Tag Archives: timetravel

Love, death and time travel: “Three Times over the Falls,” at @CuriousFictions

Posted on January 3, 2018 by

Happy New Year, everyone!

In the earlier part of this century (I love saying that!) rock star SF editor Ellen Datlow bought a time travel novelette from me. for the now-toasted SciFiction site. It’s called “Three Times over the Falls” and has recently acquired a new lease on life, courtesy  the fine people at Curious Fictions.

“Three Times Over the Falls” is about Jayne Sho, the lead singer and chief songwriter for a girl band, Imaginary Cherry, whose latest tour stop in Niagara Falls is about to plunge into disaster. The band is on the verge of breaking up, and they’ve only just achieved their first real commercial success. Jayne’s petulant ex-boyfriend is stalking her, and there’s a handsome, badly-wounded time traveler in the mix, doing… what exactly?  Nobody’s sure, but it’s making everyone in town sick, angry, and dangerous as hell.

Here’s a snippet:

Across the alley is the bar where her band is playing. The place–The Wedding Knight, it’s called–is okay, Jayne thinks. It has hardwood fixtures and a high ceiling, which make for great acoustics, and a massive window pointed straight at the Falls, just in case you forget where you are. The decor is pubby: dark furniture and dim lighting, banners and stained glass with scenes of knights rescuing damsels. No swords on the walls, though, and only one suit of armor: by Niagara standards, the Knight is pretty restrained. Kim bitches about the size of the stage, but it’s fine, really. They’ve played bandstands the size of sanitary napkins.

The door creaks as Jayne pitches inside. Smoky air mauls her, but then she sees the beer she needs, sparkling on the bar like an engagement ring.

I discovered Curious Fictions as a side effect of the recent uproar over Patreon’s attempt to change its funding model. I never had a Patreon myself, for various reasons, but I was dismayed to see so many of my friends losing financial support they had worked so hard to build. The threatened Patreon change–and their sudden reversal, too–make it obvious that donor-funded artists will benefit from a healthy ecosystem of funding opportunities. Basically, monopolies are bad. Options are good. If Curious Fictions and other competitors make a go of it, artists will have more choices.

What I like about Curious Fictions is that they’re a reprint specialist. More importantly, you don’t have to pay to play–you can read “Three Times,” and all the other stories I’ll be posting, for free. However, if you want to support my work you can subscribe and thereby be first to find out when I post additional stories–I’ll be doing that monthly–or throw a tip at any piece you particularly enjoy.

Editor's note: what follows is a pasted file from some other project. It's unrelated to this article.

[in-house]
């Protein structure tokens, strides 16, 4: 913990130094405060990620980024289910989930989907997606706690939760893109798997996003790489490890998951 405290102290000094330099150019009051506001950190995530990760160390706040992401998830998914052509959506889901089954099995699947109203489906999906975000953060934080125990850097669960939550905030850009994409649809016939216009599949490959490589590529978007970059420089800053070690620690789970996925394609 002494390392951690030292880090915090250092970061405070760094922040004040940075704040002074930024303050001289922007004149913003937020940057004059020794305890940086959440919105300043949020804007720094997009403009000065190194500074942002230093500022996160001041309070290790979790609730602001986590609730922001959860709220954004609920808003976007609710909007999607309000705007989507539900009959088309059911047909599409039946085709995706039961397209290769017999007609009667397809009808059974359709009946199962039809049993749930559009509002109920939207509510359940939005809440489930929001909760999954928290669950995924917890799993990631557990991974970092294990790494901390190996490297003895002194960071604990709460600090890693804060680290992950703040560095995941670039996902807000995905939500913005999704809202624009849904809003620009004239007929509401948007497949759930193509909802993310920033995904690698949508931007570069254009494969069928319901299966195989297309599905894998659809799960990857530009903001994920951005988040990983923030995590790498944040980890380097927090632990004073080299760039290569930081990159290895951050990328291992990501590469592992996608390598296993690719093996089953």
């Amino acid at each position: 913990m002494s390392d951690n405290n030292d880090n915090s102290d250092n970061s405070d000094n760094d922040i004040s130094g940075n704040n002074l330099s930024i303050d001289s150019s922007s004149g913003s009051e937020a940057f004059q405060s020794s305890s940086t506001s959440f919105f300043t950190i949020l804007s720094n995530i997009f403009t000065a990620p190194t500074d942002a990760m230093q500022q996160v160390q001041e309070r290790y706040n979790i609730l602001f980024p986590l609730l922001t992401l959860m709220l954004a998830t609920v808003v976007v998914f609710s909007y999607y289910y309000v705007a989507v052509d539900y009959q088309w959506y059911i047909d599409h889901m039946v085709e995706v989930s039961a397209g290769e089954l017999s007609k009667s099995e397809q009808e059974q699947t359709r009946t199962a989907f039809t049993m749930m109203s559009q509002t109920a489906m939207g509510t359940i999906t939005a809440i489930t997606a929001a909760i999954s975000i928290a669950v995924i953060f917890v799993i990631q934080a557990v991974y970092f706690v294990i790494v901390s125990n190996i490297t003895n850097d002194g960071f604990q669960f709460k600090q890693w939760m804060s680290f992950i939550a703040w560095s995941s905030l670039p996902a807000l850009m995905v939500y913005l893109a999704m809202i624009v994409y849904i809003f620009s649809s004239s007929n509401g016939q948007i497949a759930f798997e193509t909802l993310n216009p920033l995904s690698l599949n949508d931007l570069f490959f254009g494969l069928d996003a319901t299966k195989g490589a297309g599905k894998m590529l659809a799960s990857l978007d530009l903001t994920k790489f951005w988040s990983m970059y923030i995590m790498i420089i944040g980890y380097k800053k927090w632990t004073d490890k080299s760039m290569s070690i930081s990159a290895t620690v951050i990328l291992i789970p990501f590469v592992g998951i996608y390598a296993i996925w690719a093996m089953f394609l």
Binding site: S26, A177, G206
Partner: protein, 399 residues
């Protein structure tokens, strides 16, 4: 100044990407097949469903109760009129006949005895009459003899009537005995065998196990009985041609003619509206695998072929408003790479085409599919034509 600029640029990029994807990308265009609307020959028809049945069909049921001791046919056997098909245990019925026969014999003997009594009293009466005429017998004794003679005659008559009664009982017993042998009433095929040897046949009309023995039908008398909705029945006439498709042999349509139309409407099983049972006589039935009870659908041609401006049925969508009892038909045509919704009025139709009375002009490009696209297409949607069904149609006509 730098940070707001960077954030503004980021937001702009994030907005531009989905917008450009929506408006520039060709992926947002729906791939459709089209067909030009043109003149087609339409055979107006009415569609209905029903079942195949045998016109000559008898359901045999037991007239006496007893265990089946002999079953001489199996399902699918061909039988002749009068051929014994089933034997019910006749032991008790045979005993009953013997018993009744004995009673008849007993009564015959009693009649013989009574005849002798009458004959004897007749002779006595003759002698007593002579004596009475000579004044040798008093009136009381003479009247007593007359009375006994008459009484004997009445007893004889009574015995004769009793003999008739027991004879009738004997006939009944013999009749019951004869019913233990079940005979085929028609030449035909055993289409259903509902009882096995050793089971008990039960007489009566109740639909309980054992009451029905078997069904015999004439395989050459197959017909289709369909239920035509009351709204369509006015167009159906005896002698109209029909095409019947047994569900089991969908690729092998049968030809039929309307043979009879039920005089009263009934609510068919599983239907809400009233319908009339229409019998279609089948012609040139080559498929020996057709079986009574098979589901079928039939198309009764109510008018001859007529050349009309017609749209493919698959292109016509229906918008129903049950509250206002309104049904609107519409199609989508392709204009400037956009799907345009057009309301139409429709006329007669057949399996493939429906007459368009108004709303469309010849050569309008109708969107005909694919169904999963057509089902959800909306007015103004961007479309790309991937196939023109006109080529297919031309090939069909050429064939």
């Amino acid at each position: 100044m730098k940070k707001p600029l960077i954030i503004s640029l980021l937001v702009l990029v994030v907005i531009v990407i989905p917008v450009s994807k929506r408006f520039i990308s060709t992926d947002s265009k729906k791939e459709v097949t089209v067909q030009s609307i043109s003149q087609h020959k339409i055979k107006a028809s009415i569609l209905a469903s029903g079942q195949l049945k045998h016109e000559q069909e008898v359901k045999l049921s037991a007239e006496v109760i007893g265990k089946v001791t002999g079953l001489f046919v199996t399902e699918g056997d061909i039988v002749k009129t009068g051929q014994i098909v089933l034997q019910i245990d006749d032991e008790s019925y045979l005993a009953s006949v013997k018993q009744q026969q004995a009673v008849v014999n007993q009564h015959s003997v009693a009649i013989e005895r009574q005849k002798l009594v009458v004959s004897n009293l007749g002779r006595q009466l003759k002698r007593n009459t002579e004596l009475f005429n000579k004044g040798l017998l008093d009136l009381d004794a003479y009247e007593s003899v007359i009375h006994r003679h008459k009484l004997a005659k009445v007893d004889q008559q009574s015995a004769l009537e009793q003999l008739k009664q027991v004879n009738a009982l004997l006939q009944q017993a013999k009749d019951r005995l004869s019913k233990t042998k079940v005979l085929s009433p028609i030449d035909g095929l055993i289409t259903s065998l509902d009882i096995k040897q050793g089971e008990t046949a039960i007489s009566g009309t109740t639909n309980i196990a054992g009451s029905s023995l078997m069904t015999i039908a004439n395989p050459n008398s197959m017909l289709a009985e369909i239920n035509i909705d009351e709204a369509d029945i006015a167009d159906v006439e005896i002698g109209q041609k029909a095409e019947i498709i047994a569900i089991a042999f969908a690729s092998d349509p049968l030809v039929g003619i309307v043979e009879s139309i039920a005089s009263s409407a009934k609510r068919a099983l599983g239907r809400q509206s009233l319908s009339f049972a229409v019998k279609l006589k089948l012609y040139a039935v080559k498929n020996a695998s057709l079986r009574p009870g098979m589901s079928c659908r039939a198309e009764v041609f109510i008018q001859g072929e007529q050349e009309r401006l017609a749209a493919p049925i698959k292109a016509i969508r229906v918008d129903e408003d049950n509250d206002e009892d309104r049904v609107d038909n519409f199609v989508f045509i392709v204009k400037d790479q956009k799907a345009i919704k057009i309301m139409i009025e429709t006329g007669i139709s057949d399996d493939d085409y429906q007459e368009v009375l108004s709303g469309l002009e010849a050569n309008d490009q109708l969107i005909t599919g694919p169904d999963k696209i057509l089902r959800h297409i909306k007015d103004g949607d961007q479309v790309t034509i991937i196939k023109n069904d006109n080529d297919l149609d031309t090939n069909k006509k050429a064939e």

Many of you have already supported my work, naturally, by buying my stories and novels, online and in bookstores, and for this I thank you!

Cover reveal: “The Color of Paradox”

Posted on June 3, 2014 by

imageTor.com has released the cover for a story I sold Ellen Datlow not long ago,  “The Color of Paradox.” The image is by Jeffrey Alan Love and it’s very creepy and appropriate. I feel as though I could fall into it, staring for endless hours… or possibly just until the kittens do something irresistible. (Attention spans are lamentably short at Dua Central right now.)

The elongation of the figure and its placement in the upper left corner draw the eye first, delaying the moment when you track down to the city and see that Bad Things are happening. The brushwork is delightfully scratchy, and naturally I headed right off to Love’s blog to see what the rest of his work looked like. He’s got an image for Tolkien’s Beowulf that is sheerly amazing, and I liked his take on Excalibur, “The Sword in the City” very much.

“The Color of Paradox” is a first attempt to write  something I have been trying to wrap my head around for years: a series or novel or some damned thing set in a universe where there’s time travel, but it only moves backward.  All of the missions are one-way missions. You can receive instructions and resources from the future, but your only option for responding is to essentially leave time capsules where nobody else will find them.

It is also one of those stories that grabbed me and wouldn’t let go. I dropped everything and wrote it in a bit of a mad haze. It’s very different from Stormwrack and the impulse was probably driven by a desire to write in a different key.

Another thing about the story that delights me is having gotten to work with Ellen Datlow again, because she is a brilliant and generous editor and it had been too long since I had anything to send her.

It will be live on the Tor site and readable, for free, on June 25th, the same day Child of a Hidden Sea hits bookstores.